Survey of teacher workloads finds up to 50 hours a week is spent working mostly outside the classroom

WEIGHED DOWN: Public school teachers are spending more time working outside the classroom as more administration creeps into the profession, NSW Teachers Federation says. Picture: FILE
WEIGHED DOWN: Public school teachers are spending more time working outside the classroom as more administration creeps into the profession, NSW Teachers Federation says. Picture: FILE

Teachers are "losing the joy of the classroom", spending more time on administration and less time with students, according to the state's peak body for educators' rights.

Heading back to term three this week, public school teachers are feeling "increased stress" beyond their regular job loads, said Riverina organiser of the NSW Teachers Federation John Pratt.

"We relaxed at the end of the last term thinking things had gotten better or were becoming better," he said.

Following the resurgence of COVID-19 cases across the border in Victoria, Mr Pratt said the feeling of trepidation had returned to the classroom.

"The mood has changed, we're a little sombre and wary of going back for term three," he said.

"Especially since our HSC students are heading into their trials - some even this week - teachers are pulling out all the stops, as they always do, to help their students."

A survey, conducted in 2018, entitled Understanding work in schools: The foundation for teaching and learning collated the experience of up to 18,234 public school teachers across the state.

Up to 87 per cent of the respondents said they believed workloads had increased significantly in the five years to 2018 and would be working more than 50 hours each week.

Meanwhile, between 91 and 97 per cent of respondents said the increased work they are doing each week was almost entirely administrative.

Mr Pratt told The Daily Advertiser it is the increase to workloads and the stagnation of remuneration for overtime hours leading many teachers to "lose the spark".

"More and more I hear from teachers who have been in it for a long time is that the job is very different to what they signed up for and very different to what it once was," Mr Pratt said.

"The fun has been removed from their jobs because now it's a lot of data production and that joy of teaching is decreasing due to the [administrative] expectations."

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Mr Pratt explained that much of the school day is now spent "teaching to tests", with teachers expected to examine the learning outcomes of a topic every five weeks.

"Every five weeks, teachers are reporting on specific aspects of literacy and numeracy learning, they're spending so much time on testing leaving them little time for teaching students," he said.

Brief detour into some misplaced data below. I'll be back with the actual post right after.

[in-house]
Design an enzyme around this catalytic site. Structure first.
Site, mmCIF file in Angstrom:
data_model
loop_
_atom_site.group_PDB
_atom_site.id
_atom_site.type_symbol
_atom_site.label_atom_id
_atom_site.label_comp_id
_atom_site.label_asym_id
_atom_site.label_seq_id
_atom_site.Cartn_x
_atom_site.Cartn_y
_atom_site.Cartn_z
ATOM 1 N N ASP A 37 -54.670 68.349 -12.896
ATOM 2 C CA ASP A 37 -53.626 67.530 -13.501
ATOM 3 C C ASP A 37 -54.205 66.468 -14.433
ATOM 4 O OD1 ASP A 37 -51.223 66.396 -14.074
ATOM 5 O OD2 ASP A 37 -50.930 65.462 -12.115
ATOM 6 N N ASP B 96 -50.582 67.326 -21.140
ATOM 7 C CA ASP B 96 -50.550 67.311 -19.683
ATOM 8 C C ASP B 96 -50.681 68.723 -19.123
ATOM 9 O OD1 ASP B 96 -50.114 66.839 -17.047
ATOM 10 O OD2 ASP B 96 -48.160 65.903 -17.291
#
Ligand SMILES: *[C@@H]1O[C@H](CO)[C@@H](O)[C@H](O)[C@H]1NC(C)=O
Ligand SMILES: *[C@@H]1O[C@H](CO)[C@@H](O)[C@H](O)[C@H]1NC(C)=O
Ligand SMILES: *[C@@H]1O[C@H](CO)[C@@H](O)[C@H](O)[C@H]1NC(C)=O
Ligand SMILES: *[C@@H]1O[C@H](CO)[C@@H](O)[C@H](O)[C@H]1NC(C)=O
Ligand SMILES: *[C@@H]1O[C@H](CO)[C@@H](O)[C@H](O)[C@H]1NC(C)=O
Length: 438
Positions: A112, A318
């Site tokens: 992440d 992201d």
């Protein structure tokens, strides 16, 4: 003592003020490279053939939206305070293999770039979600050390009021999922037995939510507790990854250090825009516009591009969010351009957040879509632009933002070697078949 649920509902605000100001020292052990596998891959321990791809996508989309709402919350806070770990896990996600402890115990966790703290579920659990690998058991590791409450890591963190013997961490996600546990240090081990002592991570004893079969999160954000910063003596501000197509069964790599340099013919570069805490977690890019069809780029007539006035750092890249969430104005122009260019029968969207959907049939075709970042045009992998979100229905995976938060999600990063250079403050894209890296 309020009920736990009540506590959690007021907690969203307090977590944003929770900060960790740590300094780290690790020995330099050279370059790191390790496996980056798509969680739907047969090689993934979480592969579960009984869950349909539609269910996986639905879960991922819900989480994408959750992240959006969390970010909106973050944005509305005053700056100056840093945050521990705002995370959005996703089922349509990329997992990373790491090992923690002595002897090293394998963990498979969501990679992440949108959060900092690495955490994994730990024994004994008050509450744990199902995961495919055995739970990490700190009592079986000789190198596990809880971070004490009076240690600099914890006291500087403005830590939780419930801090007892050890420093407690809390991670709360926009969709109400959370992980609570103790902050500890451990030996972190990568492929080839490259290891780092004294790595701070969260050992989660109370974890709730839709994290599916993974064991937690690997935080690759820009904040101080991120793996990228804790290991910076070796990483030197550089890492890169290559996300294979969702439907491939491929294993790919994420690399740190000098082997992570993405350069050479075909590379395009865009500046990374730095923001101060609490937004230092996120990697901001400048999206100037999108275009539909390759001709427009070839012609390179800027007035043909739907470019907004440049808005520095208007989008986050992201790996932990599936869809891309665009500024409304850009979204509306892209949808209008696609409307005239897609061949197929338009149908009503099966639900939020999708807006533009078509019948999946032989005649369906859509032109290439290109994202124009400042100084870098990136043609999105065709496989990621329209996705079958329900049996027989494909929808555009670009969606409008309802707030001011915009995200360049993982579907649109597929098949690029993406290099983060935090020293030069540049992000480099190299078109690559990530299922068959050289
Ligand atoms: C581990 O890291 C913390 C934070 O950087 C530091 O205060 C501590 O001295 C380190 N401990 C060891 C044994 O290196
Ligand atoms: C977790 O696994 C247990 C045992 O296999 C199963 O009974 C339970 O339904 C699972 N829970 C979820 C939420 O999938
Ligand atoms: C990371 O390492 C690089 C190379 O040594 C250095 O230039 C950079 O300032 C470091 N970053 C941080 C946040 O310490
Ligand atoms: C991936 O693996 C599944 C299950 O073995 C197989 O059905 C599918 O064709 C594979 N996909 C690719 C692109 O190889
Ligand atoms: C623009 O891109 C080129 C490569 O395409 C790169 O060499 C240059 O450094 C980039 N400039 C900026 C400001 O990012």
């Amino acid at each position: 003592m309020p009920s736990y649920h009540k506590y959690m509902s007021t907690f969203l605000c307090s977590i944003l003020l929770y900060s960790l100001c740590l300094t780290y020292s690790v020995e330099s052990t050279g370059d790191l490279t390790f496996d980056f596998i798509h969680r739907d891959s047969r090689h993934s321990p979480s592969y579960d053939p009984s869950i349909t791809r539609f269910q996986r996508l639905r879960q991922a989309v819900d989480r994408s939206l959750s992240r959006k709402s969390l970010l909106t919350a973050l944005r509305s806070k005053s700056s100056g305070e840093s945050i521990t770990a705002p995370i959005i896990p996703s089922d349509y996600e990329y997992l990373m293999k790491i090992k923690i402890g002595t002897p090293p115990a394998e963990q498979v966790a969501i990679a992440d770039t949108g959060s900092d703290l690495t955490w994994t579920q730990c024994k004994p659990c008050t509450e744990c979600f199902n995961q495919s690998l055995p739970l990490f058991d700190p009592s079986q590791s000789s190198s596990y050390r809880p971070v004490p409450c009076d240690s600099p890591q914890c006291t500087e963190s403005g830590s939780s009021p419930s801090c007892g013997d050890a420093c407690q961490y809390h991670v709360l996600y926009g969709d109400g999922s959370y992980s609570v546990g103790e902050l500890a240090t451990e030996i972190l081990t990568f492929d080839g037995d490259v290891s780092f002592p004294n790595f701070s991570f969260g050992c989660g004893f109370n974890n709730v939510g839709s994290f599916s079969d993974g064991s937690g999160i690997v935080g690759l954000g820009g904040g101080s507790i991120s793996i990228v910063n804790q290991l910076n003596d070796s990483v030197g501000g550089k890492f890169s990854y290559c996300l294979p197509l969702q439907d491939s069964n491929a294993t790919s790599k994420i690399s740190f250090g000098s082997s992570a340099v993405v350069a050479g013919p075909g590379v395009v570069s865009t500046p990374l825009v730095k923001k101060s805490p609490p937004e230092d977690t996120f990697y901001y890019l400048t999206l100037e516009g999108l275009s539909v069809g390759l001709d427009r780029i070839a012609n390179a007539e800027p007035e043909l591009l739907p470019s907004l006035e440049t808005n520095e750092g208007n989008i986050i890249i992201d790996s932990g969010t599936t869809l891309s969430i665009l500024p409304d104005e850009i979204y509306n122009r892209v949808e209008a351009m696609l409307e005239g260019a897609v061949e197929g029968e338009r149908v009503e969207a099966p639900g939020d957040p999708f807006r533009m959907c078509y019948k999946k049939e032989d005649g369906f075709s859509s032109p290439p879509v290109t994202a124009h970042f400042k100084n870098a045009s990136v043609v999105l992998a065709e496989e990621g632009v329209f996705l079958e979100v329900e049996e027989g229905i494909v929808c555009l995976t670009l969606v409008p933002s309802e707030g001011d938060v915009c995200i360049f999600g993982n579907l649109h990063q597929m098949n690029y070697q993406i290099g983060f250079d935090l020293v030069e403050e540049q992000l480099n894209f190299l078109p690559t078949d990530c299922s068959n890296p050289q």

"Think of a five-week period, it doesn't provide a huge amount of time to instruct 30 students. Five weeks is not a huge turnaround for the measurement of progress, it's unrealistic and it's stressful."

The Teachers Federation survey was completed two years ago, well before COVID-19 propelled teachers to the frontlines of increased stresses. But Mr Pratt believes the situation was already on its way to worsening.

"The survey showed up the frustrations teachers have in how much of their time is tied up with government strategies and not with producing great lessons, researching and the kind of academics they choose to do," Mr Pratt said.

"They end up doing that as extra on top of everything else."

Up to 86 per cent of respondents in the survey further said that the increased administrative work takes them away from their family commitments and makes achieving a work-life balance nigh on impossible.

Kooringal High School teacher and spokesperson for the Teachers Federation Michelle McKelvie said that experience was fairly common among her colleagues.

"It often will take over home life. The work doesn't finish at 3.30, it's not over just because you might walk out the door," she said.

"That has only gotten worse with [coronavirus]. Within 24 hours, teachers had to change and adapt to a completely new way of teaching, and that took time to learn. Their own time mostly."

To rectify the problem, Ms McKelvie said she would like to see public schools across the state be given greater access to resources and support.

"It's very hard to put a dollar figure on everything that teachers do," she said.

"Funding for extra support staff would help, smaller class sizes would mean there could be more one-on-one teaching, more resources are a good place to start."

The Daily Advertiser put questions to the NSW Department of Education on whether extra resources would be deployed to help teachers manage their duties and out of the classroom.

A response was not provided by the time of publication.

This story Teachers 'losing the joy' as admin takes over classrooms first appeared on The Daily Advertiser.